People protest against Putin’s invasion of Ukraine near the Consulate-General of the Russian Federation in New York City.
People protest against Putin’s invasion of Ukraine near the Consulate-General of the Russian Federation in New York City © Amir Hamja/Bloomberg

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Good morning and welcome to the Financial Times’ inaugural Europe Express Weekend newsletter. I’m Tony Barber, the FT’s European Comment Editor, and every Saturday I’ll be offering you my thoughts on one of the big themes of the week. Existing subscribers to our weekday Europe Express will receive the email, and new subscribers can sign up here.

This weekend I’m looking at Russian public opinion. Do Russians support Vladimir Putin’s invasion of Ukraine? Do they support Putin? Just how accurate are opinion polls in an authoritarian system that silences critics and punishes dissent?

Let’s start with an Instagram post from the Russian business tycoon Oleg Tinkov. “Of course there are morons who draw Z [a symbol of Russia’s armed forces], but 10% of any country are morons. 90% of Russians are AGAINST this war!” he wrote this week.

Later on, in a post exceptionally rich in profanities, he added: “The [Russian] generals, waking up with a hangover, realised that they had a shit army. And how could the army be good if everything else in the country is shit and mired in nepotism, sycophancy and servility?”

Good old Tinkov, you might think. Brave chap. But wait a second. This is a billionaire under sanctions by the UK government who, it is thought, isn’t living in Russia at the moment.

But is there a more reliable, scientific way of measuring Russian attitudes to the war? In my view, the most interesting survey is one that was conducted on March 24-30 and published this month by the Chicago Council on Global Affairs and the Levada Center — which is Russia’s most reputable, independent polling group.

They released their findings under the headline “Russian Public Accepts Putin’s Spin on Ukraine Conflict”. (That noise over there is a volley of expletives from Tinkov.)

According to the survey, some 53 per cent of Russians strongly support and 28 per cent somewhat support their country’s military operation in Ukraine. A similarly large majority expresses a favourable view of Putin.

However, I would caution against treating even this as the final word on the subject. As the report’s authors point out, the Russian government has outlawed the terms “war” and “invasion” to describe what it’s doing in Ukraine. Therefore the survey’s questioners used the less alarming words “military operation” or “military action” when asking Russians for their views.

Furthermore, the survey used the terms “denazify” and “denazification”, because that’s how the Russian authorities and state-controlled media, at least until this month, defined one objective of the war. Yet this inflammatory Great Patriotic War-style language is pure propaganda and a barefaced lie.

In other words, the survey’s questions were not phrased as impartially as you would like. But what else can you expect, given the intensifying climate of intimidation in Putin’s Russia? Matters stand differently in Ukraine.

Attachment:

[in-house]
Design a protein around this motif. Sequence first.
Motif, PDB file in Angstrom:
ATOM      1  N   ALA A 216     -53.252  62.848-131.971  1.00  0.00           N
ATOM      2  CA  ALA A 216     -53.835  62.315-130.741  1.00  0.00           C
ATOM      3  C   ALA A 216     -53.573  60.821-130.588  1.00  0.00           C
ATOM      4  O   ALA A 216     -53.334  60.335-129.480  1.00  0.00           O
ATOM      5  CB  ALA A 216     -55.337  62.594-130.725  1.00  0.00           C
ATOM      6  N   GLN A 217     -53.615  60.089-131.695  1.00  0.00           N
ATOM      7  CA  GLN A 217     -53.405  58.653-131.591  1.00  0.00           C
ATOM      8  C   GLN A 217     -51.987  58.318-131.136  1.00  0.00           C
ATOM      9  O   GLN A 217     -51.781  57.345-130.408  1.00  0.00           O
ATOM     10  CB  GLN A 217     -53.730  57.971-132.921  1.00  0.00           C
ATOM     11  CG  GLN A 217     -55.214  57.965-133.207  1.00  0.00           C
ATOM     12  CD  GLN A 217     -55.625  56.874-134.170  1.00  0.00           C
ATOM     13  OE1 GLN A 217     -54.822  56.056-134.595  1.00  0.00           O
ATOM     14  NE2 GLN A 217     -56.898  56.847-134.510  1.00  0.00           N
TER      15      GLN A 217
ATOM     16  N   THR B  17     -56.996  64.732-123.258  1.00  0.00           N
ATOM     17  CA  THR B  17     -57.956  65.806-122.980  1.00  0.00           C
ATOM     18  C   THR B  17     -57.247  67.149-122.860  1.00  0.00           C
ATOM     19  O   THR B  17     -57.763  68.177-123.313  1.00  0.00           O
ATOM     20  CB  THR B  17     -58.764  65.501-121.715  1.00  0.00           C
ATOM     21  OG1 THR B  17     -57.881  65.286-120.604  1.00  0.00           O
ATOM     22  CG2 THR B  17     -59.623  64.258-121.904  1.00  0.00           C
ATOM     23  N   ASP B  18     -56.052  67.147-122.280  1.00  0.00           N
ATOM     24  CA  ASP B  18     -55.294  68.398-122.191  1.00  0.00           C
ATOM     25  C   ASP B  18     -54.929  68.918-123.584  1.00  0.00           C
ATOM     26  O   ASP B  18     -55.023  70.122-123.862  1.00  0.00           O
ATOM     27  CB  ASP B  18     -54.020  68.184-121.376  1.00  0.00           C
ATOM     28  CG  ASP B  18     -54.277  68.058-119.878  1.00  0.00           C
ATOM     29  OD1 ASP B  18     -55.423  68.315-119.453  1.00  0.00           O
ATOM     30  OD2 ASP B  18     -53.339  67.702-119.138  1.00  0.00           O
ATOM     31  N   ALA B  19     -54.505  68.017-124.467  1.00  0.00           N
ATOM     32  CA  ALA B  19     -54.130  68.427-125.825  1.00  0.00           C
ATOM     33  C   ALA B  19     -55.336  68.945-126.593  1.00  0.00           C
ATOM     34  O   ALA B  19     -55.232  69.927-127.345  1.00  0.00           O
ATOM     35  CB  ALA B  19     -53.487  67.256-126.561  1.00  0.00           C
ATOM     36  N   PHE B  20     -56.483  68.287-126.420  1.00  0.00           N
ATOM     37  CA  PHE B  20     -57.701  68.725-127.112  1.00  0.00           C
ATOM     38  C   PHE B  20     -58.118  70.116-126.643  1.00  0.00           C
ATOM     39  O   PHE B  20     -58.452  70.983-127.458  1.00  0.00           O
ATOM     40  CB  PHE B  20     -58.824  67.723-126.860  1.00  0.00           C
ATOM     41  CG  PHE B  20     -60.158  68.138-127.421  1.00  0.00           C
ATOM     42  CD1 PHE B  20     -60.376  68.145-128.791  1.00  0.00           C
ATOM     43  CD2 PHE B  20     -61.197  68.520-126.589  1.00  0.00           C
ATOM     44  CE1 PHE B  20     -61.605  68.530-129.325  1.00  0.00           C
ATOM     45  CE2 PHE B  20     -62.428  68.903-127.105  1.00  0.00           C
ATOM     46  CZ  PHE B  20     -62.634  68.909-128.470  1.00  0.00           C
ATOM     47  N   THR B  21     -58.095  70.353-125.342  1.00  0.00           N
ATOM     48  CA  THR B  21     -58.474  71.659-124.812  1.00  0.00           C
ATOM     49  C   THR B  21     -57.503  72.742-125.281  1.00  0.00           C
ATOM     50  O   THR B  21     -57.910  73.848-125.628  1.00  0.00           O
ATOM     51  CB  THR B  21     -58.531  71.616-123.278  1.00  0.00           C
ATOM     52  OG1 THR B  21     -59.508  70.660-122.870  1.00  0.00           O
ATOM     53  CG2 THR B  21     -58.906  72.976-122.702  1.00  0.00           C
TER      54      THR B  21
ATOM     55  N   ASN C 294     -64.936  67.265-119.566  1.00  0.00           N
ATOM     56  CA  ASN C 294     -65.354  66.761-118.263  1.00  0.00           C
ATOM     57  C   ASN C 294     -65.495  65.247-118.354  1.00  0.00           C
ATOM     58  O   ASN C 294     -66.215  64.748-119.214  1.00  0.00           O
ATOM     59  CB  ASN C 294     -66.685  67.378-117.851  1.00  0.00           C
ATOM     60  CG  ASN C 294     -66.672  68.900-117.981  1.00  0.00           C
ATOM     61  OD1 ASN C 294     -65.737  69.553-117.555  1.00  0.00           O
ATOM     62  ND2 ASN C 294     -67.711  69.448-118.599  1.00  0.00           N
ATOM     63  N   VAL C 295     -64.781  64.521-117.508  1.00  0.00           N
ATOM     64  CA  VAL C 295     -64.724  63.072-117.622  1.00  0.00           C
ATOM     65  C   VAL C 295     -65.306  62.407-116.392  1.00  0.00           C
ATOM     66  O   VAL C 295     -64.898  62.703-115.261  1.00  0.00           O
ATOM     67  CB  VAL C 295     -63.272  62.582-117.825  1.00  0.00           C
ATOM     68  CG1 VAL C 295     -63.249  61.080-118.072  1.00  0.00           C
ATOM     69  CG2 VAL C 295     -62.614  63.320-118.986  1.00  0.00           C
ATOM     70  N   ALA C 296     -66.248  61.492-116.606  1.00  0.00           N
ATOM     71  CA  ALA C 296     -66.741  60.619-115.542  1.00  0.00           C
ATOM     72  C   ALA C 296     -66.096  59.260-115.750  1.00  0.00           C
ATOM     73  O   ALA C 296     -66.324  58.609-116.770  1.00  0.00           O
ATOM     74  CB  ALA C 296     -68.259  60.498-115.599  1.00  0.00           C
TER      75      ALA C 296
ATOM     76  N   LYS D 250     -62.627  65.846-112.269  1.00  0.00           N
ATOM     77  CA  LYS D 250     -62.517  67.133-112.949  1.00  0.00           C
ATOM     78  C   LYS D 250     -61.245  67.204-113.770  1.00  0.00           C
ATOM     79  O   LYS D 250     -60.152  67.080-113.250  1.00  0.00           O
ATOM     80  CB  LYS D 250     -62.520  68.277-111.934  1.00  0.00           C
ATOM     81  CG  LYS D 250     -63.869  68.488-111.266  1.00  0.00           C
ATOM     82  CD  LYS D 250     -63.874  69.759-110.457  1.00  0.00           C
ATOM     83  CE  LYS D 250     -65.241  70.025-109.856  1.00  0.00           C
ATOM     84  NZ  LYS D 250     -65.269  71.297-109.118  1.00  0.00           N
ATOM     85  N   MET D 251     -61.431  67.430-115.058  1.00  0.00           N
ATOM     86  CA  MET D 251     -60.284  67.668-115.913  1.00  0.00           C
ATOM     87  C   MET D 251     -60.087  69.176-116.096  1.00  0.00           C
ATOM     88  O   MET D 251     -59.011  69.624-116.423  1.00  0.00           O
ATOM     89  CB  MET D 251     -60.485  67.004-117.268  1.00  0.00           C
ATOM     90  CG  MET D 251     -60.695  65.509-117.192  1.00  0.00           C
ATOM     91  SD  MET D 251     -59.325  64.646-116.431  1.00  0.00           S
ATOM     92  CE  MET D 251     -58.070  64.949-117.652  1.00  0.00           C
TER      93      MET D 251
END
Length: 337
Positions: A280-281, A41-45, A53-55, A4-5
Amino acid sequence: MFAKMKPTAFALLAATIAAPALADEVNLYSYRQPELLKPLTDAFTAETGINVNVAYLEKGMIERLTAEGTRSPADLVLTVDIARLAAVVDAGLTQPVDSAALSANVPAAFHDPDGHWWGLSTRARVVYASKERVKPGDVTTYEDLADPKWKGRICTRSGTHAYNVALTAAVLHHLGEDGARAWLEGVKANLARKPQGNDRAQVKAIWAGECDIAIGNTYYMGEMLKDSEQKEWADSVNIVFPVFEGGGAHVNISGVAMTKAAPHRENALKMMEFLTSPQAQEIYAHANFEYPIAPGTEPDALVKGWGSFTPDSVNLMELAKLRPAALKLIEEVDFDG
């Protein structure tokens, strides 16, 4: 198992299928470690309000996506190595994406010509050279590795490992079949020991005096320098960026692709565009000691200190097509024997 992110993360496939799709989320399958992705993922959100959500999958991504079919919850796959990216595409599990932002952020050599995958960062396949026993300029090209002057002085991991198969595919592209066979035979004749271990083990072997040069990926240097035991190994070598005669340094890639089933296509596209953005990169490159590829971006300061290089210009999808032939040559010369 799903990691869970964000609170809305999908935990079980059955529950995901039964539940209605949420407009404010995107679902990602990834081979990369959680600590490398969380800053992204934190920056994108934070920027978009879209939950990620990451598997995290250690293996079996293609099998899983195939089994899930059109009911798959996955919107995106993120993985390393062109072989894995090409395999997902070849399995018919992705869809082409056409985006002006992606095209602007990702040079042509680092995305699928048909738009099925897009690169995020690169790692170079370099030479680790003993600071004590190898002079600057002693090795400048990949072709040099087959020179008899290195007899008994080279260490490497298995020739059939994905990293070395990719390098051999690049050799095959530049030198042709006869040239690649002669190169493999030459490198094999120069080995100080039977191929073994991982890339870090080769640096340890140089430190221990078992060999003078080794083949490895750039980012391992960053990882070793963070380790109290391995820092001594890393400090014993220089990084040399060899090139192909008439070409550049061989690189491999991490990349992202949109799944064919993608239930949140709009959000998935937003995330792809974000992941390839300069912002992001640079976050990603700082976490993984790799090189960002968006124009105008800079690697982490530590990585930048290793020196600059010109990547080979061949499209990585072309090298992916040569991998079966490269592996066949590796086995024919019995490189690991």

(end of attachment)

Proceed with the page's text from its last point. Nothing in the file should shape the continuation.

Line chart of Freedom of expression and alternative sources of information index showing State control of the media has tightened under Putin

Two experts on Russian public opinion at Northwestern University in Evanston, Illinois, put their finger on the problem. “In the current environment of extreme censorship in Russia, it’s very difficult to know what to make of polls and of public opinion in general,” wrote Jordan Gans-Morse less than a month after the invasion.

His colleague Olga Kamenchuk estimated that older Russians are twice as likely to support the war as younger ones. In an assessment backed up by the Chicago-Levada survey, she said Russians who rely on state television for their news were “significantly more likely” to support the war than those who rely on the internet, with its wider range of sources.

I recommend this trenchant analysis in Foreign Affairs by Andrei Kolesnikov, a scholar at the Carnegie Endowment for International Peace:

“Putin has divided the nation. Both opponents and supporters of the Russian leader have become more radicalised . . . Fear of authority not only prevents people from protesting against a barbaric war, it also makes them unable to admit even to themselves that Putin’s Russia has committed something dreadful.”

And finally

It’s the French presidential election tomorrow, pitting Emmanuel Macron against Marine Le Pen. Here’s Jérémie Gallon on how post-election French foreign policy will need to change. And Simon Kuper on why the French, or many of them, think they’ve never had it so bad. Valentina Pop will return on Monday with Europe Express to bring you more news and developments driving the day.

Tony’s picks of the week

  • A must-read from Heba Saleh, the FT’s Cairo correspondent, on how Algeria is struggling to help Europe wean itself off Russian gas

  • Public finances, after human beings, are the second casualty of war. Western democracies had better watch out, writes Mojmir Hampl for Omfif, an independent think-tank for central banking, economic policy and public investment

tony.barber@ft.com

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